Things You'll Need
Pick or other sharp tool
Cedar trees are fragrant evergreens that grow to between 40 and 45 feet tall and spread 15 feet wide. They are slow-growing trees, adaptable to most northern landscapes and tolerant of many soil types. Cedar trees do need protection during the winter, however.
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Use a pick or other sharp tool to poke holes in the ground around the cedar tree within one to two feet from the trunk, depending on how wide the branches are spread.
Lay a soaker hose upside down around the tree where you punched the holes.
Soak the ground around the tree for eight to 10 hours once in September and once in October, before the ground freezes. This will provide all the water the cedar tree will need throughout the winter.
Cover the ground around the tree with a thick layer of mulch, three to four inches, and then cover the mulch with heavy branches to hold it down. The branches will prevent the mulch from blowing away during high winter winds, and the mulch will insulate the ground and tree from the cold and snow.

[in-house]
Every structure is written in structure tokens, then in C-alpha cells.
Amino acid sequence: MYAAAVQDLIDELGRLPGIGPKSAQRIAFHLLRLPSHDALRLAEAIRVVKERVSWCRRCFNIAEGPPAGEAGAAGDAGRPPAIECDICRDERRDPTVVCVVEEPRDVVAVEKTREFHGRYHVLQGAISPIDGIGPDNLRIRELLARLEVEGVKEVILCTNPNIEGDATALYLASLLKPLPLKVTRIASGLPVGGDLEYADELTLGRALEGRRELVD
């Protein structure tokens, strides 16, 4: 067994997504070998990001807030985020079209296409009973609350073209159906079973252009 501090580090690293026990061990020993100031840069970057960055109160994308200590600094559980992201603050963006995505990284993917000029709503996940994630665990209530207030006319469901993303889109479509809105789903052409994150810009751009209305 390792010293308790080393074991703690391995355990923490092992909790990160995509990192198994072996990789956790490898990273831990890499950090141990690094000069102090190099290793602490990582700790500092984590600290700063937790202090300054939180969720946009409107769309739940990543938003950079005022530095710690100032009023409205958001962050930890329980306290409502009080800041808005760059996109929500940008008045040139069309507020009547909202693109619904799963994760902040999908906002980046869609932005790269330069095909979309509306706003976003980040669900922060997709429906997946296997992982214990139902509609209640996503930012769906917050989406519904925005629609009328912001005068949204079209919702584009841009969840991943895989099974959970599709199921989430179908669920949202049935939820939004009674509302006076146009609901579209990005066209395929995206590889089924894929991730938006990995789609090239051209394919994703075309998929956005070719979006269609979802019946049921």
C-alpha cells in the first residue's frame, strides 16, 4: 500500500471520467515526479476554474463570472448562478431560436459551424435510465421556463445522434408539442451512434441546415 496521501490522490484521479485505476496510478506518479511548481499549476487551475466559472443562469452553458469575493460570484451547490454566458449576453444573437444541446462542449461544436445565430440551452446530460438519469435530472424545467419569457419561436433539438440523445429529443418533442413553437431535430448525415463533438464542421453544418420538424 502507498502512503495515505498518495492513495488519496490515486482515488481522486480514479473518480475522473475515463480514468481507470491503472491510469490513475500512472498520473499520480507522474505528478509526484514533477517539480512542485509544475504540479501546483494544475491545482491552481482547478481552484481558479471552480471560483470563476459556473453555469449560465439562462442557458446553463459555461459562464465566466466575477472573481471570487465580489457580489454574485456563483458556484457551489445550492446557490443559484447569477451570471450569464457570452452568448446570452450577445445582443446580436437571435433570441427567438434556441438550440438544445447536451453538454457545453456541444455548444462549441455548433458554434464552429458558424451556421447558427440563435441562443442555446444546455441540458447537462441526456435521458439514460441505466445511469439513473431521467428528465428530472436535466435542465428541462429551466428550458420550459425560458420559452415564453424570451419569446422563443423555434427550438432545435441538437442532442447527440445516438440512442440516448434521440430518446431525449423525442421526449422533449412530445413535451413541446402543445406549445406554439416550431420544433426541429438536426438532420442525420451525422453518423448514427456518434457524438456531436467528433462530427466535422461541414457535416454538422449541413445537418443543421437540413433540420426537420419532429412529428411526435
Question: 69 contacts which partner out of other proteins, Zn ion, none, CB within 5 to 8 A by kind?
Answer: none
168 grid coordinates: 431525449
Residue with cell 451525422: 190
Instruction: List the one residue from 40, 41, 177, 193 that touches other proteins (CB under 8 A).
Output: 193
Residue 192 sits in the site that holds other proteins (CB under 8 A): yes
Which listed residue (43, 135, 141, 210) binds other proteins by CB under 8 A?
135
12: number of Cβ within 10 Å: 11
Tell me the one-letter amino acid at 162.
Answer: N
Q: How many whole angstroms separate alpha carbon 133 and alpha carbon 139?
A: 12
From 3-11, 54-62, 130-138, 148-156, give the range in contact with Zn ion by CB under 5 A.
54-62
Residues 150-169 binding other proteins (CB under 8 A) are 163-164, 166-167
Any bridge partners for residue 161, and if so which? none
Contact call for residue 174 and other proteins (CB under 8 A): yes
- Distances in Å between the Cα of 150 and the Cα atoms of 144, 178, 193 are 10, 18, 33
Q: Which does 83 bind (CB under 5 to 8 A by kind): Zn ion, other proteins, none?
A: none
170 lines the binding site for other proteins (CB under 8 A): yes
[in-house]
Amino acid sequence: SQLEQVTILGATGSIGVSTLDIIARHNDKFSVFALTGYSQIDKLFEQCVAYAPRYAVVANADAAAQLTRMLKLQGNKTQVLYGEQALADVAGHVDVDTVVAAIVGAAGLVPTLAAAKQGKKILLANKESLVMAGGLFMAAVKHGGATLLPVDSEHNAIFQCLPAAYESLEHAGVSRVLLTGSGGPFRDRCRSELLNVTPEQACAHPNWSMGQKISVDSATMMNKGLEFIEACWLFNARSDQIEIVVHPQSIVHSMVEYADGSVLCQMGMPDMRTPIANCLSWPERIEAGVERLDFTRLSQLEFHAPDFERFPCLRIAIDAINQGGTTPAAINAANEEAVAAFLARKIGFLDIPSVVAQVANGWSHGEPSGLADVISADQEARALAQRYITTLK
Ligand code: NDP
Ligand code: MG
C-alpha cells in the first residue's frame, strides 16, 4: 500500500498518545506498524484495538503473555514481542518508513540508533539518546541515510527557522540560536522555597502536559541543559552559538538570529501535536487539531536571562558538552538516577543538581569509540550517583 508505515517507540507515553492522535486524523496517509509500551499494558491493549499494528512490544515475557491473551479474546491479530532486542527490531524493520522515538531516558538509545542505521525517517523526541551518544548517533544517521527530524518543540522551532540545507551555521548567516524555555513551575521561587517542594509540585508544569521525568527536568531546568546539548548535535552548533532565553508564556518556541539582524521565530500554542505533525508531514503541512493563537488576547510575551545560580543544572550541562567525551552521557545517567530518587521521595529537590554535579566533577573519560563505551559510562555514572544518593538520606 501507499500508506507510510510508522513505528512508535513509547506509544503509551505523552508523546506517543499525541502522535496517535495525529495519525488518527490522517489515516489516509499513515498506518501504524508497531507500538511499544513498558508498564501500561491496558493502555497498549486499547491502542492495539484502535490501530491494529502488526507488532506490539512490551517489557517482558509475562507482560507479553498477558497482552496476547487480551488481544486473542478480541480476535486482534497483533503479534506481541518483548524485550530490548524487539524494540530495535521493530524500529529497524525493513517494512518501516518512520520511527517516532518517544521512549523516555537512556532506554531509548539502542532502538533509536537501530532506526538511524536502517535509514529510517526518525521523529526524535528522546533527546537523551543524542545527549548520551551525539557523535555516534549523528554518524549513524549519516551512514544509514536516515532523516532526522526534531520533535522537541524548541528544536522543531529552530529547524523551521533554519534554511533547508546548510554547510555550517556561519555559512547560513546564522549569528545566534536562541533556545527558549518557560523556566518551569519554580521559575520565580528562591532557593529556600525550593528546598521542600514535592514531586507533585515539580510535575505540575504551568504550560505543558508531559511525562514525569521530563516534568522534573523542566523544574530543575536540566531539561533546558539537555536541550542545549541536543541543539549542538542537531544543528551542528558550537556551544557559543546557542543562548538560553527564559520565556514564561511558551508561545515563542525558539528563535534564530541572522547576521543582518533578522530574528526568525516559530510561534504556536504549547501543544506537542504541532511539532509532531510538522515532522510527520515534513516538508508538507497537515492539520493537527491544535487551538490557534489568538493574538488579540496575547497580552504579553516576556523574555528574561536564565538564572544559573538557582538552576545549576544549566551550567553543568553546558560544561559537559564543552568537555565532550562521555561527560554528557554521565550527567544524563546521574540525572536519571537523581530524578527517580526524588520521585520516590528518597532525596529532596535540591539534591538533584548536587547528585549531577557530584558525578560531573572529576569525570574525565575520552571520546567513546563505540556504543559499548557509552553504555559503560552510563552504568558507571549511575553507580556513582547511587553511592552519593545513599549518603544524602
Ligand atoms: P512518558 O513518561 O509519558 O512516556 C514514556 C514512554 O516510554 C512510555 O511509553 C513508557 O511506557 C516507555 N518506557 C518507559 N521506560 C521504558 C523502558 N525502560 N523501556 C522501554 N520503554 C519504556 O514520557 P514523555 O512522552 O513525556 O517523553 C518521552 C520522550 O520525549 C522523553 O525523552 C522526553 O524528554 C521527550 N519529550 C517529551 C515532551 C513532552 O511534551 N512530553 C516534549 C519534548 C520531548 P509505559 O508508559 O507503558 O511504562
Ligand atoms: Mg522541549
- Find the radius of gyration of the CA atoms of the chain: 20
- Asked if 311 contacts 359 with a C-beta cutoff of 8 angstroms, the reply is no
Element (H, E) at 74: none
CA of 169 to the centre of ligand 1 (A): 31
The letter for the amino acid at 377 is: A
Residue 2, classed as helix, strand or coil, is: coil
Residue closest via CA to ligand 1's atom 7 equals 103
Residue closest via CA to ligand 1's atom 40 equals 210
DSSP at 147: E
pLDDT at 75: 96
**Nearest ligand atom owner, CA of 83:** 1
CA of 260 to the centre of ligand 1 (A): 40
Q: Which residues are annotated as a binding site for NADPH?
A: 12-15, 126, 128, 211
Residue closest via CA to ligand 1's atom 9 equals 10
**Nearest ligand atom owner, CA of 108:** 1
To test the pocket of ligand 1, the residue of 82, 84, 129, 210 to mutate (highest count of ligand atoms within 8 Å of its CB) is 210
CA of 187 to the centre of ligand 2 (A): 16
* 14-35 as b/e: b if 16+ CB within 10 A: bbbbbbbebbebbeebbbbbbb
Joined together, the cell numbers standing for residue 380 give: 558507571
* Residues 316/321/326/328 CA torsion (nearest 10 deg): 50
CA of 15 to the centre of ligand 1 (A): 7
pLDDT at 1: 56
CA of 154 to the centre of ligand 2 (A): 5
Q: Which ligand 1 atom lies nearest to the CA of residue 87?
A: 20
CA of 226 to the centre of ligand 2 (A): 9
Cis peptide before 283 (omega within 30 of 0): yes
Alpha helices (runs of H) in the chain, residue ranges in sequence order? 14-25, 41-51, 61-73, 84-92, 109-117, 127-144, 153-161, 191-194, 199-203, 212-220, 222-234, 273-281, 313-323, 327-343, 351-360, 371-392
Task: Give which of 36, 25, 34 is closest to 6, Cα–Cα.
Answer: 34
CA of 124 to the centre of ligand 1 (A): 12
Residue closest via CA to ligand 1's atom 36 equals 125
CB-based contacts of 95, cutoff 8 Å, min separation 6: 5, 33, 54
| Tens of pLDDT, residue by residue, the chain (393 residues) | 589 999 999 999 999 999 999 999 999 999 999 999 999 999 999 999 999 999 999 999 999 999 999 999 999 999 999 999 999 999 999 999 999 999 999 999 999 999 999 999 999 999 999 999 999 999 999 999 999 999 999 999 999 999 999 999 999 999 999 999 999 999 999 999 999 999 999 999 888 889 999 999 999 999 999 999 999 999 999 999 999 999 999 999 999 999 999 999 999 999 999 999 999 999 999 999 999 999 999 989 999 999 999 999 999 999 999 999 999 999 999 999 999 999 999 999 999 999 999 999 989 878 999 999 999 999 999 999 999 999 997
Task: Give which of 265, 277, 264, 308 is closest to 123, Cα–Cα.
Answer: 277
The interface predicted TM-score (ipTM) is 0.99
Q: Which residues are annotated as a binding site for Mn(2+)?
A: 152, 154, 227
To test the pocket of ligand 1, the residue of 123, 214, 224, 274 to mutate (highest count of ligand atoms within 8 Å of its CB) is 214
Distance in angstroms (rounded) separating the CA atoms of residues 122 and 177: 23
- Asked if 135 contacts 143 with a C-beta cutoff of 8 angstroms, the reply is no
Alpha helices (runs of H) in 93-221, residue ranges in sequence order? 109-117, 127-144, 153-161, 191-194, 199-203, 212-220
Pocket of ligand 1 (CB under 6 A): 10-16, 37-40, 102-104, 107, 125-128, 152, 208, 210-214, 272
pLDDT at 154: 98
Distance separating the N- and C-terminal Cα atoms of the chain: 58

Wrap the trunk of the tree with burlap strips and twine to protect the trunk from rapid weather changes and animals. Surround the burlap and twine with chicken wire. Do not tie the burlap too tight around the tree.
Install a snow fence on the north side of the tree if you live in an area with high snowfall and high winds.
Plant cedar trees in well-draining soil to protect their roots from freezing in the winter. You can water cedar trees until the ground freezes, only if they are excessively dry. Sprinkle a balanced fertilizer around the tree before fall watering to give it the nutrients it needs for winter. Plant cedar trees in the fall, because they will experience less stress and won’t need as much preparation for winter.
If cedar trees are planted near streets or sidewalks, be careful about using salt to melt the snow and ice in the winter. Salt can dry out and kill cedar trees.